Detection of t(14;18)(q32;q21) in B-cell chronic lymphocytic leukemia.
ABSTRACT Cytomorphologic testing and multiparameter flow cytometry are the mainstays in diagnosing B-cell chronic lymphocytic leukemia, whereas fluorescence in situ hybridization that targets the translocation t(14;18)(q32;q21) often is used to identify follicular lymphoma. Therapy is highly diverse between both diseases. We describe a case with cytomorphologically and immunologically proven B-cell chronic lymphocytic leukemia in which t(14;18)(q32;q21) was found.
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ABSTRACT: In CLL data from chromosome banding analysis (CBA) have been scarce due to the low proliferative activity of CLL cells in vitro. We improved the cultivation technique using an immunostimulatory CpG-oligonucleotide DSP30 and IL-2. A total of 506 CLL samples were analysed with CBA and interphase FISH using probes for the detection of trisomy 12, IgH rearrangements and deletions of 6q21, 11q22.3 (ATM), 13q14 (D13S25 and D13S319) and 17p13 (TP53). A total of 500 of 506 (98.8%) cases were successfully stimulated for metaphase generation and are subject to this study. Aberrations were detected in 415 of 500 (83.0%) cases by CBA and in 392 of 500 (78.4%) cases by FISH. CBA detected 832 abnormalities and FISH only 502. Therefore, CBA offers important information in addition to FISH. (1) CLL is characterized mainly by genomic imbalances and reciprocal translocations are rare. (2) A subgroup with complex aberrant karyotype (16.4%) is identified which is associated with an unmutated IgV(H) status and CD38 expression (P=0.034 and 0.02, respectively). (3) Additional abnormalities are detectable providing new biological insights into different CLL subclasses revealing a much more heterogeneous pattern of cytogenetic abnormalities as assumed so far based on FISH data only. Therefore, prospective clinical trials should evaluate the prognostic impact of newly available CBA data.Leukemia: official journal of the Leukemia Society of America, Leukemia Research Fund, U.K 01/2008; 21(12):2442-51. DOI:10.1038/sj.leu.2404935 · 9.38 Impact Factor
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ABSTRACT: The t(14;18)(q32;q21) is a cytogenetic hallmark of follicular lymphoma and also occurs in approximately 20% of diffuse large B-cell lymphomas of follicle center cell origin. Relatively few cases of chronic lymphocytic leukemia/small lymphocytic lymphoma with t(14;18) have been reported previously. We report the clinicopathologic, cytogenetic, and molecular genetic features of 12 patients with chronic lymphocytic leukemia associated with t(14;18). There were 9 men and 3 women, with a median age of 51 years at diagnosis. To date, 11 patients have required chemotherapy, 6 before coming to our institution. At last follow-up, 5 patients have died of disease. Karyotypic analysis showed that 10 cases had t(14;18) in the stemline and 2 cases in the sideline; t(14;18) was the sole abnormality in the stemline in 2 cases. In 11 cases, other abnormalities were identified in the stemline or sidelines, most commonly trisomy 12 in 6 cases. Trisomy 12 was associated with atypical morphology and immunophenotype. Of 8 cases tested, 7 showed somatically mutated immunoglobulin heavy chain variable region genes. We conclude that the t(14;18) in chronic lymphocytic leukemia is associated with relatively young age at diagnosis, mutated immunoglobulin heavy chain variable region genes, and a clinical course that usually requires chemotherapy. The cytogenetic findings, in particular, t(14;18) in the stemline in 10 cases and as the sole karyotypic abnormality in 2 cases, suggest that t(14;18) is an early pathogenetic event in this small subset of chronic lymphocytic leukemia cases.Human pathology 10/2012; 44(4). DOI:10.1016/j.humpath.2012.07.005 · 2.81 Impact Factor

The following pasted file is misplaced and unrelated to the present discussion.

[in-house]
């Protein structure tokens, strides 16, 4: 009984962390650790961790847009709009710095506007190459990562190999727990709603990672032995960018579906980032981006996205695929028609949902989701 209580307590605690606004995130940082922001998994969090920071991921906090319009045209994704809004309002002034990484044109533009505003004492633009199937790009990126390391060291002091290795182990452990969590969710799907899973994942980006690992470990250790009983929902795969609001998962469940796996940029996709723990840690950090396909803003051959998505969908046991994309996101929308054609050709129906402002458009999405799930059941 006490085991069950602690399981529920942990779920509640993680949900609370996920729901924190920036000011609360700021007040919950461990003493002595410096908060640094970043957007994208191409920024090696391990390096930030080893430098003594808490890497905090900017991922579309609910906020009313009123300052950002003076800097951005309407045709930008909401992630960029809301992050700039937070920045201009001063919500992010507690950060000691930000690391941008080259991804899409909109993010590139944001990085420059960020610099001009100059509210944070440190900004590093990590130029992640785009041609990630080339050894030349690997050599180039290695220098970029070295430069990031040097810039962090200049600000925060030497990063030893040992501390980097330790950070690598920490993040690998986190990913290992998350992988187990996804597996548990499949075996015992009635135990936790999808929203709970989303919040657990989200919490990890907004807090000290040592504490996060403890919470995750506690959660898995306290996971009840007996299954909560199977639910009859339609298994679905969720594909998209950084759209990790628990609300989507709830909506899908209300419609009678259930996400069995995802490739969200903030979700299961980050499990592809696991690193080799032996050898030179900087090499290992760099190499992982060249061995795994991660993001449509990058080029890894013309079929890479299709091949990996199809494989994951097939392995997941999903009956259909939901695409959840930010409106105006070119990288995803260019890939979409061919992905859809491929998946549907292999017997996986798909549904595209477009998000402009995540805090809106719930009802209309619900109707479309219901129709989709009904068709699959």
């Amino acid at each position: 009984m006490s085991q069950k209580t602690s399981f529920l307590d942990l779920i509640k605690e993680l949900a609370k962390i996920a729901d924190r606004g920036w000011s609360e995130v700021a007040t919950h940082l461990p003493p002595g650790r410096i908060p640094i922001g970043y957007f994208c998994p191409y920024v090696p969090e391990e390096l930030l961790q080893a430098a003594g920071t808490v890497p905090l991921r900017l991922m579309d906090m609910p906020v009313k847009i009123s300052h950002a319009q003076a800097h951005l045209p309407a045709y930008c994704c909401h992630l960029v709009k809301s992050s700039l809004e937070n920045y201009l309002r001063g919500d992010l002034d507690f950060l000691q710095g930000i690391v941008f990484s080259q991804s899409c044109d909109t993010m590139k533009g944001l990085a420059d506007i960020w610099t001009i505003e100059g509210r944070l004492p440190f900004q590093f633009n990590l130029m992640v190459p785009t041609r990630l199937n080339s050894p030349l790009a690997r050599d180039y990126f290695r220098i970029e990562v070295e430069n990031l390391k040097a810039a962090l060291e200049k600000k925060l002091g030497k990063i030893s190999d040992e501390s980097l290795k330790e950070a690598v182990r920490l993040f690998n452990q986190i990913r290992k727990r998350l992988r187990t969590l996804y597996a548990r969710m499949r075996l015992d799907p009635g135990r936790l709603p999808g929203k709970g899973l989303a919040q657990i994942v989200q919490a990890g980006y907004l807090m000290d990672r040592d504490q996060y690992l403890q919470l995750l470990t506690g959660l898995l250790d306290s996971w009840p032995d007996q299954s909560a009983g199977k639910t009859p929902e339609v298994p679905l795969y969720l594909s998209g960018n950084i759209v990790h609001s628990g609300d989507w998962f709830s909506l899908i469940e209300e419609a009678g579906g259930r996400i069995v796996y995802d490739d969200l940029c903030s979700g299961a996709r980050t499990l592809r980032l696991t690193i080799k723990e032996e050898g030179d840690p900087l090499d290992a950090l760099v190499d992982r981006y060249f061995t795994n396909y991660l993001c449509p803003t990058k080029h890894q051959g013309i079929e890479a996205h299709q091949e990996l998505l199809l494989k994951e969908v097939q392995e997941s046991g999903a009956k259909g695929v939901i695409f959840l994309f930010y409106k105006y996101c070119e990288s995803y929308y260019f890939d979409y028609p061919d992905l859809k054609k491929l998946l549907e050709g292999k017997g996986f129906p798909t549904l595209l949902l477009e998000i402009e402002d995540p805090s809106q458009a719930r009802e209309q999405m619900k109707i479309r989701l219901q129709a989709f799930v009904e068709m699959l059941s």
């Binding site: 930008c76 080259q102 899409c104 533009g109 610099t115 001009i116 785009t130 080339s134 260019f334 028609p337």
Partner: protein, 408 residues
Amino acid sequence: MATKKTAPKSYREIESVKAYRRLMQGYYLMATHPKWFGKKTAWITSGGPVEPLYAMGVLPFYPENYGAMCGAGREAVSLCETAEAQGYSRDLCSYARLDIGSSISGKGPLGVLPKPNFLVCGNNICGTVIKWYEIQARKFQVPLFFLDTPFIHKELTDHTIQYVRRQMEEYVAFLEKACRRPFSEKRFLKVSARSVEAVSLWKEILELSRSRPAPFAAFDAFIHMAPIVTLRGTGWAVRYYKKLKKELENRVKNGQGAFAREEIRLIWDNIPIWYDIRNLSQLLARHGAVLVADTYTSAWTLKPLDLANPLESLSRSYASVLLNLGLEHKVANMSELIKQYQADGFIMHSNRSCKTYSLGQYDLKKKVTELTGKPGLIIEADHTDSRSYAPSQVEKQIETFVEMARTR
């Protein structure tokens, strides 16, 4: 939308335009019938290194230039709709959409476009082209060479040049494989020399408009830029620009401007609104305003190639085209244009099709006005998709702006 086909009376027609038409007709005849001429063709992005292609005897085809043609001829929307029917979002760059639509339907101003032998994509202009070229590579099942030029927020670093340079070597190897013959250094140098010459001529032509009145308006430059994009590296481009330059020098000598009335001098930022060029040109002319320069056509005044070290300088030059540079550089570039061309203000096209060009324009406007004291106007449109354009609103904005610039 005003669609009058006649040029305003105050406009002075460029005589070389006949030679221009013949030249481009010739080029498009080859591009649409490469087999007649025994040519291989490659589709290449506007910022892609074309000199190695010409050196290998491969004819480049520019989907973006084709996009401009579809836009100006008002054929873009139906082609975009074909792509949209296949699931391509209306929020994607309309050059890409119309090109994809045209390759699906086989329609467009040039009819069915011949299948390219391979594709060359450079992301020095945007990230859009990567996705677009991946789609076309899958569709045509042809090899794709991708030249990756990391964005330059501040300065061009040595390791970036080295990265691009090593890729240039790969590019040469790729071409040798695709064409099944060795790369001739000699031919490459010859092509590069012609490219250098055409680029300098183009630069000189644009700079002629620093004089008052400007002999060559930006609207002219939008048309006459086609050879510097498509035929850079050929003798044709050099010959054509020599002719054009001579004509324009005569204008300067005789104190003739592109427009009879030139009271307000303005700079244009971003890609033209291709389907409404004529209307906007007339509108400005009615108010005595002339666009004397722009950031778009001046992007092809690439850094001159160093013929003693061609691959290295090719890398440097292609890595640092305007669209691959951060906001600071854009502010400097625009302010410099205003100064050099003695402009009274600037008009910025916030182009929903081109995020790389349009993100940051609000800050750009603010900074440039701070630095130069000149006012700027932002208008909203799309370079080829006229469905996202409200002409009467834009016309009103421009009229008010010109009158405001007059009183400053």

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ABSTRACT: A major conclusion drawn from the accumulated cytogenetic data on solid tumors and some hematologic malignancies is that tumors progress by the acquisition of chromosomal changes, as reflected by more aggressive tumors containing a larger number of chromosomal abnormalities. An additional observation is that some chromosomal changes appear early in the disease progression, and some others appear late. On the basis of this information, a model for karyotypic evolution in chronic lymphocytic leukemia (CLL) is presented. The Mitelman Database of Chromosomes in Cancer was searched, and 1749 abnormal karyotypes were assessed. The main clones were analyzed, and chromosomal gains and losses were used to design a model of genetic acquisition based on the calculation of a variable called time to occurrence (TO). Our comprehensive study of genetic abnormalities in a large number of CLL karyotypes revealed that most CLL has 2 chromosomal aberrations at diagnosis. Moreover, the temporal analysis suggests that trisomy 12 is an early event in the biological evolution of CLL. These results highlight the possibility of targeted therapies affecting the genes located on this chromosome (cyclin D, cyclin D2, cyclin-dependent kinase 2, and cyclin-dependent kinase 4).Clinical lymphoma, myeloma & leukemia 08/2013; 13(4):467-76. DOI:10.1016/j.clml.2013.05.003 · 1.93 Impact Factor